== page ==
Well, obviously my 2004 request to God for no more sky-pointing in televised sports events was met with deaf divine ears, probably because God doesn't exist, so has no ears (nor anything else, of course.)
Because here's Brady Breeze, safety for the Oregon Ducks football team (number 25), lifting his eyes skyward, along with his right hand, following his recovery of a fumble by the Wisconsin punter which he ran in for a touchdown.
Being a big Oregon fan, living as I do in Salem, about 60 miles north of Eugene, the home of the University of Oregon, naturally I was thrilled by Breeze's touchdown. And with the nail-biting 28-27 win that Oregon came away with, even though it seemed that Wisconsin outplayed Oregon for most of the game.
But when it came time for Breeze to make some remarks after he was named defensive player of the game, I wish he had kept his questionable theologizing to himself.
Breeze said on ESPN that the fumble recovery was a "gift from God." He then went on to use the word "blessings" several times in the rest of his remarks.
I deeply doubt that Wisconsin players, and their fans, consider that Breeze scooping up the ball for a touchdown was a divine dispensation from God.
Assuming that God exists, for the sake of argument, it seems extremely unlikely that God would look down from heaven and decide that Oregon needed a break at that point of the game, so God made the Wisconsin punter drop the football so Breeze could recover it.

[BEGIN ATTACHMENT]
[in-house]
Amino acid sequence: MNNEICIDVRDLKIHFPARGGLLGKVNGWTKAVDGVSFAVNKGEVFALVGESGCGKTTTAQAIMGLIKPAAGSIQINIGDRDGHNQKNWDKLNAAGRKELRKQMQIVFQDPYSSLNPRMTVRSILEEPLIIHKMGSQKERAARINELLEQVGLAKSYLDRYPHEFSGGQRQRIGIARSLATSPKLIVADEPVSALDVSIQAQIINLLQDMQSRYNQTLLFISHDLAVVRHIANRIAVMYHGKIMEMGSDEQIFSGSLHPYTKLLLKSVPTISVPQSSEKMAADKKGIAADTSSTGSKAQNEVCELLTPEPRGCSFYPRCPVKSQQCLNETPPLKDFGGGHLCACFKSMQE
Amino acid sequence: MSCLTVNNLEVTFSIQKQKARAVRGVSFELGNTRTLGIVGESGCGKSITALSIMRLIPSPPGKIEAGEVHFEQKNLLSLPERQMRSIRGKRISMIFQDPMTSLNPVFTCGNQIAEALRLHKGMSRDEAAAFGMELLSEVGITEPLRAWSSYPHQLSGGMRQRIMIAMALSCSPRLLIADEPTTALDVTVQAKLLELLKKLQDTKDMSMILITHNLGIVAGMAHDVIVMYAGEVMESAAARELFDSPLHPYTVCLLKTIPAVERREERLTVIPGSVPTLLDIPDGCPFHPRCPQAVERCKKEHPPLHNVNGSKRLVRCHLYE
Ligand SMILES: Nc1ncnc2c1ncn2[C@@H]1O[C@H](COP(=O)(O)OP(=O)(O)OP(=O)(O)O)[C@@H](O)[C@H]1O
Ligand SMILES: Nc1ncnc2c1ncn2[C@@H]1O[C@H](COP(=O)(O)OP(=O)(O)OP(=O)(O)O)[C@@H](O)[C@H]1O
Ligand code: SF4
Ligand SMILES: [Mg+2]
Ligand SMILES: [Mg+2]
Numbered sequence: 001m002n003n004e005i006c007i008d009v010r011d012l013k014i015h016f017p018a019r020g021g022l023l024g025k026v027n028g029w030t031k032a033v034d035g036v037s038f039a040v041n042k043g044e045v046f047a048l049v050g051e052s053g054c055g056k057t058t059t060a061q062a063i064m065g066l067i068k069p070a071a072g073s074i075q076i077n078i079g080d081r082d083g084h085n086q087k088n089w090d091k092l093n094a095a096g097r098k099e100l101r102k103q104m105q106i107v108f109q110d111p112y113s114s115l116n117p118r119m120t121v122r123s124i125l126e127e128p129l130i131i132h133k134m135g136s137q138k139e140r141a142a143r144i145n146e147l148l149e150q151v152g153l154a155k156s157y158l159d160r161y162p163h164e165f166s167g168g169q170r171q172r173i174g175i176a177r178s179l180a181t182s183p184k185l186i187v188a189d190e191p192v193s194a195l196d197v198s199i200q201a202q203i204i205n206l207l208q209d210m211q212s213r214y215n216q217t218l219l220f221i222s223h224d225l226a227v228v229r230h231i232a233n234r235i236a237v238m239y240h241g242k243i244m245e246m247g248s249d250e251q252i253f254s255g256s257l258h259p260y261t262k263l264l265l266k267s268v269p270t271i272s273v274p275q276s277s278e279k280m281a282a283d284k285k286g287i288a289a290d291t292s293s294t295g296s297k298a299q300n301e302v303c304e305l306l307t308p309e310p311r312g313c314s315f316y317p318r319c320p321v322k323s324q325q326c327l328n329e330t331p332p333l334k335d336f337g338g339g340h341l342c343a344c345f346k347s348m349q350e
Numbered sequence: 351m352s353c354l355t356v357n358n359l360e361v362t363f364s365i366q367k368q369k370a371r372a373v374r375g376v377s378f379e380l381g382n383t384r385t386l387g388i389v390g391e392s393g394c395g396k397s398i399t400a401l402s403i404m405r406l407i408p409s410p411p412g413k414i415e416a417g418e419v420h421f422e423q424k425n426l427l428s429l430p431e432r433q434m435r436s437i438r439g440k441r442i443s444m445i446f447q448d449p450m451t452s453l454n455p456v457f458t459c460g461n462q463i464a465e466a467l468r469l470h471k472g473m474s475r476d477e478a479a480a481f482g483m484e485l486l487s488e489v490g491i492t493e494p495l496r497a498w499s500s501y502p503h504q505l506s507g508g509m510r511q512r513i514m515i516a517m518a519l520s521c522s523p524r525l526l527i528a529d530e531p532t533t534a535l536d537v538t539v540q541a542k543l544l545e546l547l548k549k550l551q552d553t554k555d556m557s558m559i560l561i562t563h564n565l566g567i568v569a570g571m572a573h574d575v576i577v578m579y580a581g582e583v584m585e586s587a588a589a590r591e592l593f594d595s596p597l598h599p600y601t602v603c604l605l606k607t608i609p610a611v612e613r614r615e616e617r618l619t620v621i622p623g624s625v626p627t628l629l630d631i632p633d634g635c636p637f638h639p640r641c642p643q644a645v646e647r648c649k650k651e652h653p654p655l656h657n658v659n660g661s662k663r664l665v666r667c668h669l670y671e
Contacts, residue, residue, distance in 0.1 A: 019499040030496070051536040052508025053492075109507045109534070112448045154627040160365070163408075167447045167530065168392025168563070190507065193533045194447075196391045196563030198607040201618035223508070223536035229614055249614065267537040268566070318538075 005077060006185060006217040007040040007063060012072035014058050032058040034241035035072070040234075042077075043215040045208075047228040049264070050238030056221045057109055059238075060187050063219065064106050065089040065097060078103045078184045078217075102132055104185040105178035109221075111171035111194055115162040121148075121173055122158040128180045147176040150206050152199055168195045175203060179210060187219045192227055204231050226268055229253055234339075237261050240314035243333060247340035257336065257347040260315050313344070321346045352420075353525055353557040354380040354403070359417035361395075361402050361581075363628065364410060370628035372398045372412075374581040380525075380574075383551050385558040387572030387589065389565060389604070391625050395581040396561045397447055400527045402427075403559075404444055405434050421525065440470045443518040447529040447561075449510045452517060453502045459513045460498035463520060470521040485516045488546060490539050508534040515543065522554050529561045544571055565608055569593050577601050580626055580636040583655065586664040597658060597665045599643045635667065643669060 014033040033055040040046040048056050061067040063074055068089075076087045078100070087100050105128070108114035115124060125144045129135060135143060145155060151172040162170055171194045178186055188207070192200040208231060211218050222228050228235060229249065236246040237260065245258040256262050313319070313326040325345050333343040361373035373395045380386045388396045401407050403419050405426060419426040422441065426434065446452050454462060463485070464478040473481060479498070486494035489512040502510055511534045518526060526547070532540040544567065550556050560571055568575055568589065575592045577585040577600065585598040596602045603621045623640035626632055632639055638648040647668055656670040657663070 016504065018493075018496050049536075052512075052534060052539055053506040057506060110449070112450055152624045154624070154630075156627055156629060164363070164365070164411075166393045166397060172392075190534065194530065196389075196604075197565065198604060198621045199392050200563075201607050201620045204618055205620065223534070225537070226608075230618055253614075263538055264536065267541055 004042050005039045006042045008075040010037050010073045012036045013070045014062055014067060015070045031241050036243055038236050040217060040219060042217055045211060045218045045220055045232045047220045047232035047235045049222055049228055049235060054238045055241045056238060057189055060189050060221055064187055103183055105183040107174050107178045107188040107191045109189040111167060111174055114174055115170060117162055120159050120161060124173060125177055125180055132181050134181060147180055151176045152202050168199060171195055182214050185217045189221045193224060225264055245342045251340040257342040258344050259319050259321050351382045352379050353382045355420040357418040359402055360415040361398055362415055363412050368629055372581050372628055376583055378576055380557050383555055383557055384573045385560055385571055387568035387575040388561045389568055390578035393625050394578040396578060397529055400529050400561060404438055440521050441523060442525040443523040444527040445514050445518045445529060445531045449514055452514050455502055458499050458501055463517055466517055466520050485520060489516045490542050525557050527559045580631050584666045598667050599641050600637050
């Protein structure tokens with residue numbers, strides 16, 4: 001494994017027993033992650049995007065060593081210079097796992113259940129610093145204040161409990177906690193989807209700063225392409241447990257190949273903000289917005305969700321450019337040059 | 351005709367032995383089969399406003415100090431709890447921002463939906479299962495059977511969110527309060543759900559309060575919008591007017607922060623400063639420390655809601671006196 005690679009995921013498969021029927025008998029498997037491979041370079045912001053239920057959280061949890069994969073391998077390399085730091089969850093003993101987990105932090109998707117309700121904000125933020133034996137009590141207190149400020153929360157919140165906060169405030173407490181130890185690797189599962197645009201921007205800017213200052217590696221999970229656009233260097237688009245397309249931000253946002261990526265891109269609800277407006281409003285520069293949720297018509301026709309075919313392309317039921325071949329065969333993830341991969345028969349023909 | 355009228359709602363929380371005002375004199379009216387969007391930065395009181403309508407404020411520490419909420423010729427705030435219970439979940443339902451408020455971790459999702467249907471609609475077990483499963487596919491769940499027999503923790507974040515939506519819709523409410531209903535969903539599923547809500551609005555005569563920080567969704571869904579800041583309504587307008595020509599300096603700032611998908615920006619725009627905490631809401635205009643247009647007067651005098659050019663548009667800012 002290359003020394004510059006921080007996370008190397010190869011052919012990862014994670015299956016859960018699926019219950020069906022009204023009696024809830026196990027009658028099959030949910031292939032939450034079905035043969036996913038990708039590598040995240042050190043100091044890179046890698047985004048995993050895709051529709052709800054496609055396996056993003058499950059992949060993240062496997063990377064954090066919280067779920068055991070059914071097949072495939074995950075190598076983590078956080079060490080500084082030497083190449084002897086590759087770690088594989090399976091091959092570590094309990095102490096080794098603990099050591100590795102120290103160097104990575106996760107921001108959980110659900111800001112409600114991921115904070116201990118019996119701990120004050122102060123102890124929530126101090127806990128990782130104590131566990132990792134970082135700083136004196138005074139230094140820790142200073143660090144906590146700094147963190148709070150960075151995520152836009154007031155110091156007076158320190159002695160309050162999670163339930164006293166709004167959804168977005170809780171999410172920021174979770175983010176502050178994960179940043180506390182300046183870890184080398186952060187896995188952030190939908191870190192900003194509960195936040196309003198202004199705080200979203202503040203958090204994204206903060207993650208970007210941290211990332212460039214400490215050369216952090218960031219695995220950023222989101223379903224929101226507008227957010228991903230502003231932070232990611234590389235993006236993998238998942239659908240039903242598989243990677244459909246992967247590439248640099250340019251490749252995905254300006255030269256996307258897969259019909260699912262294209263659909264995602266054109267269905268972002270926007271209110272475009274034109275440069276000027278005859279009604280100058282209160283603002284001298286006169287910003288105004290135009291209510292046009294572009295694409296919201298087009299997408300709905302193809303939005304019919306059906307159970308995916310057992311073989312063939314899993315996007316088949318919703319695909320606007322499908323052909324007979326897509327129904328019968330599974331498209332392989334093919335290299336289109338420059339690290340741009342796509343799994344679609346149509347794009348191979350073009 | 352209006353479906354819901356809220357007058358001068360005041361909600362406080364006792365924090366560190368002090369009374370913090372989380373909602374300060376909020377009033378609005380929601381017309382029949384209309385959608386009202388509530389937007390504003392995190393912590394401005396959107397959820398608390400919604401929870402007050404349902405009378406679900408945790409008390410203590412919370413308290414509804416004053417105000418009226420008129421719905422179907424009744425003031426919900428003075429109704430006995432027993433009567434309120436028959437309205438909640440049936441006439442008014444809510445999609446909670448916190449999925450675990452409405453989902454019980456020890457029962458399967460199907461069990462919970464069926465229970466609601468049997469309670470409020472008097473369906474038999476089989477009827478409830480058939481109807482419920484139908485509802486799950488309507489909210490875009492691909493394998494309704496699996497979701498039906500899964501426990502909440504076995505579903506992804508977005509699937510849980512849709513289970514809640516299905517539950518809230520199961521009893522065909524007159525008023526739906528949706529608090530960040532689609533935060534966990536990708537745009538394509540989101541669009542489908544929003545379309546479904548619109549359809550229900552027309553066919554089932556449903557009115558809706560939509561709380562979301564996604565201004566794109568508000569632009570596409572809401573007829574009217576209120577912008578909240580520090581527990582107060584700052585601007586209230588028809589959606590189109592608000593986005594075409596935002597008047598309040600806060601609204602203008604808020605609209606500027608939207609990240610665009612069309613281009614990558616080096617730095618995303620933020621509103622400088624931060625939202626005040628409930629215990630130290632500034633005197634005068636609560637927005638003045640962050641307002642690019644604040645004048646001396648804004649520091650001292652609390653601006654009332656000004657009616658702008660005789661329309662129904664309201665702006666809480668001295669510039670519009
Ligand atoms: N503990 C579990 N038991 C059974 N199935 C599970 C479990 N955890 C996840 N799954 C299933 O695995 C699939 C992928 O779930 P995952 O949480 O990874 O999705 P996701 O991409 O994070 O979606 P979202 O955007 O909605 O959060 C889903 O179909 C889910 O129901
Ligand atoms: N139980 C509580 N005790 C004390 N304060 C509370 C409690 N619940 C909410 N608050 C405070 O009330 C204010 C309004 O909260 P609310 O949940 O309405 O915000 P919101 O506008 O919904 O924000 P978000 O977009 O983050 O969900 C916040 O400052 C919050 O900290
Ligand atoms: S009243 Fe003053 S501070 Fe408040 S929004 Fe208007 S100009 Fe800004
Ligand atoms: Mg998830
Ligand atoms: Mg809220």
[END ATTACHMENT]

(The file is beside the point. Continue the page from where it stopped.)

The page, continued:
Of course, religious believers typically don't engage in this sort of reasonable logic. They just like to thank God for good things that happen to them, choosing to ignore the fact that often one person's good fortune is another person's bad fortune.
For example, a believer might say "thank you, God" when a car pulls out of a parking space at just the right time for them to pull into it. Meanwhile, a person in a car behind them is disappointed that they have to keep on looking for a parking space. And both people could be devout Christians.
Here's an idea: religious believers should stop talking about what God does or doesn't do for them, since they have no idea whether (1) God even exists, and (2) what God is up to assuming God's existence.
Will they act in accord with that good idea? Of course not. But that won't stop me from continuing to criticize sky-pointing and thanking God for fumble recoveries.